Nope. These are 14 nm CPUs, meaning the cost structure won't change relative to Coffee Lake Refresh CPUs. That's not to say they won't be cheaper, but Intel could more easily just drop prices on their current gen.

What's worse is that having more cores per CPU should actually make them more expensive (assuming Intel is able to hold its margins constant).

Here's to waiting for 10nm from Intel, or smaller, for desktop.
Intel's CFO recently said that 10 nm would be less profitable, for them. You can bet they'll push the higher production costs onto consumers, to the extent they can. Only stiff competition from AMD can hope to keep that in check.
 
Nope. These are 14 nm CPUs, meaning the cost structure won't change relative to Coffee Lake Refresh CPUs. That's not to say they won't be cheaper, but Intel could more easily just drop prices on their current gen.

What's worse is that having more cores per CPU should actually make them more expensive (assuming Intel is able to hold its margins constant).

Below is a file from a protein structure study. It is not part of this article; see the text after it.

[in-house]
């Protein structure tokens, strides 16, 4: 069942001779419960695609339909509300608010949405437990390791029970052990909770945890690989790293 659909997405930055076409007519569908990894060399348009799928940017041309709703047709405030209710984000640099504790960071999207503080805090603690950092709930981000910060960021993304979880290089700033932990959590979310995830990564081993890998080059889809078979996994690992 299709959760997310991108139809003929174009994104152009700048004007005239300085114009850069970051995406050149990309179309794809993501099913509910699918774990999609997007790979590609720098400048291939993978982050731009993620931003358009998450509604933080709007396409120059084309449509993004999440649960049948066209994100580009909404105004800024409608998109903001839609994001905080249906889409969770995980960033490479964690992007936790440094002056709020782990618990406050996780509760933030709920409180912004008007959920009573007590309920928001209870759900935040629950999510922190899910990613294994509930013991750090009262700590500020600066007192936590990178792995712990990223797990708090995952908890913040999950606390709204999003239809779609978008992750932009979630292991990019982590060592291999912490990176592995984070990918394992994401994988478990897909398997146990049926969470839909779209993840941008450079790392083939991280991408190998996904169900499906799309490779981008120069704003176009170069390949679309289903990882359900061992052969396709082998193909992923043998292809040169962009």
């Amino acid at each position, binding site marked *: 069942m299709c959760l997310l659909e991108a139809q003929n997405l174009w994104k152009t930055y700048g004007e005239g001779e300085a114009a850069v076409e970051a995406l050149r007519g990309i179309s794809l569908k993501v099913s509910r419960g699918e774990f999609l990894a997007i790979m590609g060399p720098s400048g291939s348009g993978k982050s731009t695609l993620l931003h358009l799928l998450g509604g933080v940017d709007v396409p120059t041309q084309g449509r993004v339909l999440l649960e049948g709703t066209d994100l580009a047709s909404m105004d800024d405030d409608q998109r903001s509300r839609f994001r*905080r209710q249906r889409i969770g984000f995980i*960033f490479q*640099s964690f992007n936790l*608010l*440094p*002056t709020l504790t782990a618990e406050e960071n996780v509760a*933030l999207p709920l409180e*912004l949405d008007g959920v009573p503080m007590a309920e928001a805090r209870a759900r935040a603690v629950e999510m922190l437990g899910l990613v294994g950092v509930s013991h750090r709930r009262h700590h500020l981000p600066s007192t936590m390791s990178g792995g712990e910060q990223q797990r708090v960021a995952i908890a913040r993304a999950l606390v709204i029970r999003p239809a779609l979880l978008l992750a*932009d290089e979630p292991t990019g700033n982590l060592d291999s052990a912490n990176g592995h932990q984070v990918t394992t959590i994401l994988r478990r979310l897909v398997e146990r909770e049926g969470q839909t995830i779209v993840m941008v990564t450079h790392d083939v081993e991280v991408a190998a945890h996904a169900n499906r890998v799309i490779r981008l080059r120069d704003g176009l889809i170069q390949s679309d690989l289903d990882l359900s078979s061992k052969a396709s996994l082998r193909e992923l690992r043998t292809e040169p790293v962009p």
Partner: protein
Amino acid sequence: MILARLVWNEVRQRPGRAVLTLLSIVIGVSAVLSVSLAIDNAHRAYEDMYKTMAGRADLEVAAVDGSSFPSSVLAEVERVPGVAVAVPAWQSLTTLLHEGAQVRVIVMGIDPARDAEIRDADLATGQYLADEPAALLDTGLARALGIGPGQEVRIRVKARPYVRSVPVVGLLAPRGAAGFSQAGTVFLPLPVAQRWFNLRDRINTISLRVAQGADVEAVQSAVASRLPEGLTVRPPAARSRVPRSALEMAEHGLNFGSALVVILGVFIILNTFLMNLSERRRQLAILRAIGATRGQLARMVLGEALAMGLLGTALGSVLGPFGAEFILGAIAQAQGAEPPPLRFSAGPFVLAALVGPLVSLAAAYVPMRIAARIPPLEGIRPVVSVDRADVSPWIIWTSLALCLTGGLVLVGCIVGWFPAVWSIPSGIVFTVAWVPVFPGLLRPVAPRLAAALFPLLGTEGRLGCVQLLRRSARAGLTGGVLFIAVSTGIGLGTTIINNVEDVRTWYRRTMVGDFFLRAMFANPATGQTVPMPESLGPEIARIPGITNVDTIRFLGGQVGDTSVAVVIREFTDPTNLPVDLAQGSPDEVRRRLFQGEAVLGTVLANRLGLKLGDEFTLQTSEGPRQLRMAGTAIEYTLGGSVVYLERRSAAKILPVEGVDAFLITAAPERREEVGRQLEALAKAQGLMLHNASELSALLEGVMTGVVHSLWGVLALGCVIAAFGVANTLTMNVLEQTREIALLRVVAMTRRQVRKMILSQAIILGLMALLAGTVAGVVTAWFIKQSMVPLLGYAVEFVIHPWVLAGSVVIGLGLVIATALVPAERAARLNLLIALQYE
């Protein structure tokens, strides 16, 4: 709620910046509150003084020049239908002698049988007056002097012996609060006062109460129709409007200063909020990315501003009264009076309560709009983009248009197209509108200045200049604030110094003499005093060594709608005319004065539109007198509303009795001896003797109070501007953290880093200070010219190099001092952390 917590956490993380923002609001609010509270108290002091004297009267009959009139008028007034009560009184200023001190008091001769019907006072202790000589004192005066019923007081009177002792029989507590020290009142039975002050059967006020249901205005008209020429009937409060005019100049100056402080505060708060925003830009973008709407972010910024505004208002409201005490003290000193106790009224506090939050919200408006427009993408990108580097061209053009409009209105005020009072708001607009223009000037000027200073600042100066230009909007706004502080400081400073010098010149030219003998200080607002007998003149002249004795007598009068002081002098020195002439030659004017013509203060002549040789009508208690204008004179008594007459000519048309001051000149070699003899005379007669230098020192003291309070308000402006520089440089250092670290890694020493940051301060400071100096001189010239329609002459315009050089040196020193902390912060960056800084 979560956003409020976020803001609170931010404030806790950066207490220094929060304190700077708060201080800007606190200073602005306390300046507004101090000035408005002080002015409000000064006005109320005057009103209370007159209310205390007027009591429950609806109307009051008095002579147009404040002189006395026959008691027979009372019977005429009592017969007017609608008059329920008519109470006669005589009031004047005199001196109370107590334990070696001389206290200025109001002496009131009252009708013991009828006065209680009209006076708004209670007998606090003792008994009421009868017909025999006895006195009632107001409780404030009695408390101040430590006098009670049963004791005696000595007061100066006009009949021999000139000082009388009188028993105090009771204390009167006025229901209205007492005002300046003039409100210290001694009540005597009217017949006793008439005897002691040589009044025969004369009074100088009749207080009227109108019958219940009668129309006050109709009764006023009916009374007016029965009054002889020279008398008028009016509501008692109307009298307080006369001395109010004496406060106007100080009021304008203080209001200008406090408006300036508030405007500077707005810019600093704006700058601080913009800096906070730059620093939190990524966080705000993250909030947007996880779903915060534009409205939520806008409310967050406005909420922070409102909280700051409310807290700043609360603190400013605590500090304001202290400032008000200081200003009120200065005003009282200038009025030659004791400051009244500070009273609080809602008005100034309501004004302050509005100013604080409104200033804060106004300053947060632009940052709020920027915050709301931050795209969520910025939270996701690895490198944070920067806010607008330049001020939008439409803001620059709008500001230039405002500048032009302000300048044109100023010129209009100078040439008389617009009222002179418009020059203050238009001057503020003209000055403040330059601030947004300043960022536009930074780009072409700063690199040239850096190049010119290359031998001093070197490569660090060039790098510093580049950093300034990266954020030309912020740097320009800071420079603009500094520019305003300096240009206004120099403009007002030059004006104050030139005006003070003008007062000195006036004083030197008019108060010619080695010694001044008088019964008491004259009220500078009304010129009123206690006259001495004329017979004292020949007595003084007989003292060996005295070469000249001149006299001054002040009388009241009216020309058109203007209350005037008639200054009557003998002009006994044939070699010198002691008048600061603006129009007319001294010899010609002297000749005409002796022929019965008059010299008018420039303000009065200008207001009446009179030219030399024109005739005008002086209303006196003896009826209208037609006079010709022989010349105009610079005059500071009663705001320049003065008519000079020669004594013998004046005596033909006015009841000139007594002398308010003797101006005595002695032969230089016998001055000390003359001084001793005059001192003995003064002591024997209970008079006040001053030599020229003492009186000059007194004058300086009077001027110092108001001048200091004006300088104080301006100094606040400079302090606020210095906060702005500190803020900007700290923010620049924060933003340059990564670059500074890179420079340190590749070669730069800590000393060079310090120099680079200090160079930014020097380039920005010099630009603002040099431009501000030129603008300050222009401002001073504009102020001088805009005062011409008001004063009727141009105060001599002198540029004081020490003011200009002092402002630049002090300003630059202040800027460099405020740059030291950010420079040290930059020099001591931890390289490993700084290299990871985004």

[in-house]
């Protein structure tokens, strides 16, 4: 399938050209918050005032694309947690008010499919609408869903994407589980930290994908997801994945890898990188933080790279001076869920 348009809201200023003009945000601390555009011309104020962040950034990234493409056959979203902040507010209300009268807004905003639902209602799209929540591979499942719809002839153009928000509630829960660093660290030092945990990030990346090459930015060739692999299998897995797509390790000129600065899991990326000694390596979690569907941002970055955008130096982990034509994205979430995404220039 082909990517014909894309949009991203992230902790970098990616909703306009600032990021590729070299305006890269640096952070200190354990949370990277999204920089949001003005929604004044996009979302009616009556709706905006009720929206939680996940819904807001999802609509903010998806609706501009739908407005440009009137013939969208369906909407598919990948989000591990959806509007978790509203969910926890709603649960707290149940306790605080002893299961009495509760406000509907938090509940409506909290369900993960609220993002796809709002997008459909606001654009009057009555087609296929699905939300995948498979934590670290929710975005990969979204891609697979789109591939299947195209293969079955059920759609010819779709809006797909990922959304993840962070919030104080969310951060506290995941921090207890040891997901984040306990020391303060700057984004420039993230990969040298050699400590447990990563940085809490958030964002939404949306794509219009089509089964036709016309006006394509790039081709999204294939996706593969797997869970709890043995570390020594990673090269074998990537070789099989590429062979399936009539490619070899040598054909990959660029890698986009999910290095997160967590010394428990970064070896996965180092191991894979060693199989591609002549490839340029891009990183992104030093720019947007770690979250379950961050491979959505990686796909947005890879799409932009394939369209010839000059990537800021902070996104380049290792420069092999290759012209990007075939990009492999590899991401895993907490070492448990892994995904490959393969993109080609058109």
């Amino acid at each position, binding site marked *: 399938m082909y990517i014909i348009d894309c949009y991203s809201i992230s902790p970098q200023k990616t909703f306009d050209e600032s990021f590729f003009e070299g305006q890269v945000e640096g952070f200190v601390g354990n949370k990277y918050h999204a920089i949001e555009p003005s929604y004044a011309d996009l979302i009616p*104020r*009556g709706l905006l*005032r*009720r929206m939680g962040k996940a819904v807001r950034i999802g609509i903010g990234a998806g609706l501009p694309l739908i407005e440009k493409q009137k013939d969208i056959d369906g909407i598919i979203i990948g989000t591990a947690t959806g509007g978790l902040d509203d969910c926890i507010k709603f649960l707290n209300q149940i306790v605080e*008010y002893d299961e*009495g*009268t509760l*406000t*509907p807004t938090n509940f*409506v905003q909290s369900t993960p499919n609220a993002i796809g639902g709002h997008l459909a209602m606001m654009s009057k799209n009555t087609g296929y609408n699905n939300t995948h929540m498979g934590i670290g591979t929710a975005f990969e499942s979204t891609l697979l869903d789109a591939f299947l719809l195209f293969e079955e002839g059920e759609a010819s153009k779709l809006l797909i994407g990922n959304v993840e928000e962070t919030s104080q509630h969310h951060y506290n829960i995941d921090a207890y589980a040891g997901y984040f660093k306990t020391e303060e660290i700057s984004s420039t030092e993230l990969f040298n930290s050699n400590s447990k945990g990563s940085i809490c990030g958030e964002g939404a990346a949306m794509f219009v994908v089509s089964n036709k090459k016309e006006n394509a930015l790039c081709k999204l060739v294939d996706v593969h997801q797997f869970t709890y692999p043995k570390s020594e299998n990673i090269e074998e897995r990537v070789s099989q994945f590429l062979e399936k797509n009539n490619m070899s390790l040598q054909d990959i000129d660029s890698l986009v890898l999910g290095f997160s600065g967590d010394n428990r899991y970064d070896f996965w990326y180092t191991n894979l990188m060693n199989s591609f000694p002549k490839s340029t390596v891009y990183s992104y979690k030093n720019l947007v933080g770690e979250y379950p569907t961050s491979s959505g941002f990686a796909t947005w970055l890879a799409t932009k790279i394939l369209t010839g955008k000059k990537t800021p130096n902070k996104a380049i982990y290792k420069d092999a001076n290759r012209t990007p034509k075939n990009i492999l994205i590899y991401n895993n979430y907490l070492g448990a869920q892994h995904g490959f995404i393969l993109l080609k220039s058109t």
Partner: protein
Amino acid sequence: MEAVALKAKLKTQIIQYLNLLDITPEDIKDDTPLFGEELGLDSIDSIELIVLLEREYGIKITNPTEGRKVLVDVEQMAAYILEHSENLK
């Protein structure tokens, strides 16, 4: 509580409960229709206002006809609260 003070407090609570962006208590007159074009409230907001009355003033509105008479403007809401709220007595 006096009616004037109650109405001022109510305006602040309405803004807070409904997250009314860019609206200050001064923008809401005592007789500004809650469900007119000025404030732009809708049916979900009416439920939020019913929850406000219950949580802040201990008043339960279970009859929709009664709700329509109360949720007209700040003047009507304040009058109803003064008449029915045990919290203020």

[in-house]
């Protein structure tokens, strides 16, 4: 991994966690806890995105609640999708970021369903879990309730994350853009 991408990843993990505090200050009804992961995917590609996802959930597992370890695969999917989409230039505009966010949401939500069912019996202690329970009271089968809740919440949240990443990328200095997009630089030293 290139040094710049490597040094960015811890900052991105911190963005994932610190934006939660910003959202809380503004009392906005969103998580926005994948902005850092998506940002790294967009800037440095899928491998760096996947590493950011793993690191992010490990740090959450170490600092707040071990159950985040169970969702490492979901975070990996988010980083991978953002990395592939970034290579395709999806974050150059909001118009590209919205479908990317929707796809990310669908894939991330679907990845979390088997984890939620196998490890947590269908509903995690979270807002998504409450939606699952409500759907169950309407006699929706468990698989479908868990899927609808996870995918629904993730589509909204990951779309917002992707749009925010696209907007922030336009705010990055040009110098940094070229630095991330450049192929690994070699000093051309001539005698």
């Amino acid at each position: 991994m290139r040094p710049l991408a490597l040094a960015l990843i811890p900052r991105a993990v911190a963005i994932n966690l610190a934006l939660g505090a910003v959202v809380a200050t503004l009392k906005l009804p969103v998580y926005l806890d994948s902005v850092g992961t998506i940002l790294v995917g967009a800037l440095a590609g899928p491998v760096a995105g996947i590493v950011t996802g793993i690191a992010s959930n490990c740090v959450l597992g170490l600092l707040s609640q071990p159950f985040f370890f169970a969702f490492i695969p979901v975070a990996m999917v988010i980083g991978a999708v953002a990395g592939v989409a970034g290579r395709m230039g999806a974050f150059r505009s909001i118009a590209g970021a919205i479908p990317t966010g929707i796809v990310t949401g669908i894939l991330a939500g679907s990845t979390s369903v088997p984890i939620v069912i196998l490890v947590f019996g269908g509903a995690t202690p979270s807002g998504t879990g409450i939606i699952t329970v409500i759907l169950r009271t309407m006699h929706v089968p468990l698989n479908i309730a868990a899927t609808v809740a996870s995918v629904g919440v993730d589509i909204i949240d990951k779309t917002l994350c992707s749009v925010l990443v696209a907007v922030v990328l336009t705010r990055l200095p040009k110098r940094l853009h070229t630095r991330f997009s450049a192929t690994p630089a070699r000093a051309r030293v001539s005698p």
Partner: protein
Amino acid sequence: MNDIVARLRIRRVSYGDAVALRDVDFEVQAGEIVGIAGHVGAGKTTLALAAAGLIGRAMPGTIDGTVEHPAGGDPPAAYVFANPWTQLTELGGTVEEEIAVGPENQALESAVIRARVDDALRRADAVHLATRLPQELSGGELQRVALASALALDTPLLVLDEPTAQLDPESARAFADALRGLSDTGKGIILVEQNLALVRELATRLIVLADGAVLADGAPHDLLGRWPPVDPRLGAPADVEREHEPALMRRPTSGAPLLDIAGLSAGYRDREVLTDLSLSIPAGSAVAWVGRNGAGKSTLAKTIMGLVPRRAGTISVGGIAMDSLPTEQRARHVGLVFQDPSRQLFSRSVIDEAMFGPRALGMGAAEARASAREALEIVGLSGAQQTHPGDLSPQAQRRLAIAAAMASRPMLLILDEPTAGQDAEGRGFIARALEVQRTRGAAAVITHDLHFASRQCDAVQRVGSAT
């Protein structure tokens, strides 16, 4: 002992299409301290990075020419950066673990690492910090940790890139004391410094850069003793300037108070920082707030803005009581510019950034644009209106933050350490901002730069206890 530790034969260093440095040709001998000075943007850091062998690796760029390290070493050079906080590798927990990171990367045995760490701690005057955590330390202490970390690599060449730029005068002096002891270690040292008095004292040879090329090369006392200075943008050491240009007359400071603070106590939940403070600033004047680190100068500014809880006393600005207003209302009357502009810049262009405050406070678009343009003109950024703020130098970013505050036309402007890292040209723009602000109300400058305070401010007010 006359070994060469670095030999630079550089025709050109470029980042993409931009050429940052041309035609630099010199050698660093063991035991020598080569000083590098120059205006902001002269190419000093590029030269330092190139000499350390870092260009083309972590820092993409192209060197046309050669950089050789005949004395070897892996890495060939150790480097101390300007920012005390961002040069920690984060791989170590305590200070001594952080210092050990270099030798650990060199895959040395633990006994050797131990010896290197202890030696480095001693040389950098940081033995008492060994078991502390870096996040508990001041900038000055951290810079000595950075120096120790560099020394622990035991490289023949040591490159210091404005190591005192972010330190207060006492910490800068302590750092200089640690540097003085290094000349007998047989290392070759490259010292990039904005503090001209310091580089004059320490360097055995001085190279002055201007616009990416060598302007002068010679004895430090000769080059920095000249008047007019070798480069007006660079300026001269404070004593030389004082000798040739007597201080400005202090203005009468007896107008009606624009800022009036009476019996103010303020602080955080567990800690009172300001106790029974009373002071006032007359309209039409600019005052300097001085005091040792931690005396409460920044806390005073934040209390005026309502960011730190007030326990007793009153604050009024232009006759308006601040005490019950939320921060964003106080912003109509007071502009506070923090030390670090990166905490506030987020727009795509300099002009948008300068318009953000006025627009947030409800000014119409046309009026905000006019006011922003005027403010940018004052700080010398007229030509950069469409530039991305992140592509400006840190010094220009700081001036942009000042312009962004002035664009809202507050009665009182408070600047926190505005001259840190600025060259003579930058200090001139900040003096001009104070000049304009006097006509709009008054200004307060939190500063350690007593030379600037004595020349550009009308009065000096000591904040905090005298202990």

More cores per money=cheaper,at least for the consumer.
There has never been a CPU gen from intel that had prices based on production costs...
Intel's CFO recently said that 10 nm would be less profitable, for them. You can bet they'll push the higher production costs onto consumers, to the extent they can. Only stiff competition from AMD can hope to keep that in check.
Less profitable does not mean higher production costs,the stiff competition from AMD made intel have twice the profit as usual with 14nm so it's only logical to assume that 10nm is not going to make as much again,intel has to assume that profit will go down again to the usual ~10bil.
https://www.statista.com/statistics/263565/intels-net-income-since-2004/
 

Gurg

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Nope. These are 14 nm CPUs, meaning the cost structure won't change relative to Coffee Lake Refresh CPUs. That's not to say they won't be cheaper, but Intel could more easily just drop prices on their current gen. What's worse is that having more cores per CPU should actually make them more expensive (assuming Intel is able to hold its margins constant). Intel's CFO recently said that 10 nm would be less profitable, for them. You can bet they'll push the higher production costs onto consumers, to the extent they can. Only stiff competition from AMD can hope to keep that in check.